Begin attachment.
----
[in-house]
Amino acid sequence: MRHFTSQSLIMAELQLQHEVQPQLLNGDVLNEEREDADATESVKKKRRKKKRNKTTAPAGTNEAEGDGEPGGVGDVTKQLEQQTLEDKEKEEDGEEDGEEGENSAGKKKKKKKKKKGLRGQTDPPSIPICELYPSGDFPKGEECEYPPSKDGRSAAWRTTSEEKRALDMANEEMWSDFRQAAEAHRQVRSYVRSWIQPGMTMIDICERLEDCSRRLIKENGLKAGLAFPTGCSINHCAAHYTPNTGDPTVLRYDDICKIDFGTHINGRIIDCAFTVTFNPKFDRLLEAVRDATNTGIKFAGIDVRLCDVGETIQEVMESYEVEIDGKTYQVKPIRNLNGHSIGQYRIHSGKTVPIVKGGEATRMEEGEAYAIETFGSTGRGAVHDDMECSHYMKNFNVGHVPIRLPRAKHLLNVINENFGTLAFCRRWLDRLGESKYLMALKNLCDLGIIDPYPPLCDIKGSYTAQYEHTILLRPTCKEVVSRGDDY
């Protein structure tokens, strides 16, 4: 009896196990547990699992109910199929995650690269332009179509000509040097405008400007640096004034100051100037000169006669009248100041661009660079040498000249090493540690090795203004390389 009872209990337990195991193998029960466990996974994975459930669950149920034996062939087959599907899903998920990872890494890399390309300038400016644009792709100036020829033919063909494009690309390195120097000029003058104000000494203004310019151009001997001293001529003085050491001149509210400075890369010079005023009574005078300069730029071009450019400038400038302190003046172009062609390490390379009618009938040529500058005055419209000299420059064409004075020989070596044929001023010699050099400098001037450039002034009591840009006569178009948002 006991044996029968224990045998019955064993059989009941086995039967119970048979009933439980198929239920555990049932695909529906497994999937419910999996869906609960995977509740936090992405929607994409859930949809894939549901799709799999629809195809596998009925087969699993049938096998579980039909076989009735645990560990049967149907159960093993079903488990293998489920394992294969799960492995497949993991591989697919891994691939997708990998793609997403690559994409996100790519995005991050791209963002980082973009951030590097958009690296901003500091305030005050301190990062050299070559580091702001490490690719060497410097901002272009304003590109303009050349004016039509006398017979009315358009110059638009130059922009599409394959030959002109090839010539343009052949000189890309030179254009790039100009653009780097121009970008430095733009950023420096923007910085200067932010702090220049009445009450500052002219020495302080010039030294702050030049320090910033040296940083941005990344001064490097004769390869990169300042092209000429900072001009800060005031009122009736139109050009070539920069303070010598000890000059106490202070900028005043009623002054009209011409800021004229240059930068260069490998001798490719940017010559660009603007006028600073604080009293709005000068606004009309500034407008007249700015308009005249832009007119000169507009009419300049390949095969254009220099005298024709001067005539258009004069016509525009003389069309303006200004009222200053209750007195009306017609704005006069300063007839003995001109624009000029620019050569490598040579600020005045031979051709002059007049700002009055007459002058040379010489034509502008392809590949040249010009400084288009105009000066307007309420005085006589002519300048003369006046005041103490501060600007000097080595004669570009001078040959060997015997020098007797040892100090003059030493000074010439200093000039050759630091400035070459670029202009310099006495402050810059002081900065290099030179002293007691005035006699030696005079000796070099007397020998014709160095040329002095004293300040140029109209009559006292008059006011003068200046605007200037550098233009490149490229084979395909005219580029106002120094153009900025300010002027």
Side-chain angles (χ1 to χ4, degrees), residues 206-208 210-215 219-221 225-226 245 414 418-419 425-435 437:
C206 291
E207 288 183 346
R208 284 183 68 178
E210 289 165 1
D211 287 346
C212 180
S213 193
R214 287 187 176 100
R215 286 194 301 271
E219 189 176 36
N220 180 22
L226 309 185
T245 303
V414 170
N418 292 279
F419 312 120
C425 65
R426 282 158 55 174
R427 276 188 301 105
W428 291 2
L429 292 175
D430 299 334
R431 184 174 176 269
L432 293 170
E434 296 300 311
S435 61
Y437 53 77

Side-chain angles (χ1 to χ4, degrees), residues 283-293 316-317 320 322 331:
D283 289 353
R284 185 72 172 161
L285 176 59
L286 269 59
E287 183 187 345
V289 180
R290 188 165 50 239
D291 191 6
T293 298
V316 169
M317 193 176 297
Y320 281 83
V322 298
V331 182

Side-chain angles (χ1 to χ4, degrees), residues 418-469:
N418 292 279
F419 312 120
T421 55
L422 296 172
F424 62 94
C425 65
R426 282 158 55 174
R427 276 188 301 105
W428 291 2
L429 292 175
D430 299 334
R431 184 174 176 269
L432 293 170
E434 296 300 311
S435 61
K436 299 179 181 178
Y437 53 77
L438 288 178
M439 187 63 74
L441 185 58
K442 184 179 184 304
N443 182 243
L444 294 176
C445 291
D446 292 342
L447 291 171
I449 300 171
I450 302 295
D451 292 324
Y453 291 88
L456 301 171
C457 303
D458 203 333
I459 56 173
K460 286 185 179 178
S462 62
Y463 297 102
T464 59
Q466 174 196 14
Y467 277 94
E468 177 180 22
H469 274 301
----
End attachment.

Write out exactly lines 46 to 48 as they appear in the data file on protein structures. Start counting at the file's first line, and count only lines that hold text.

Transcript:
V331 182

Side-chain angles (χ1 to χ4, degrees), residues 418-469:
N418 292 279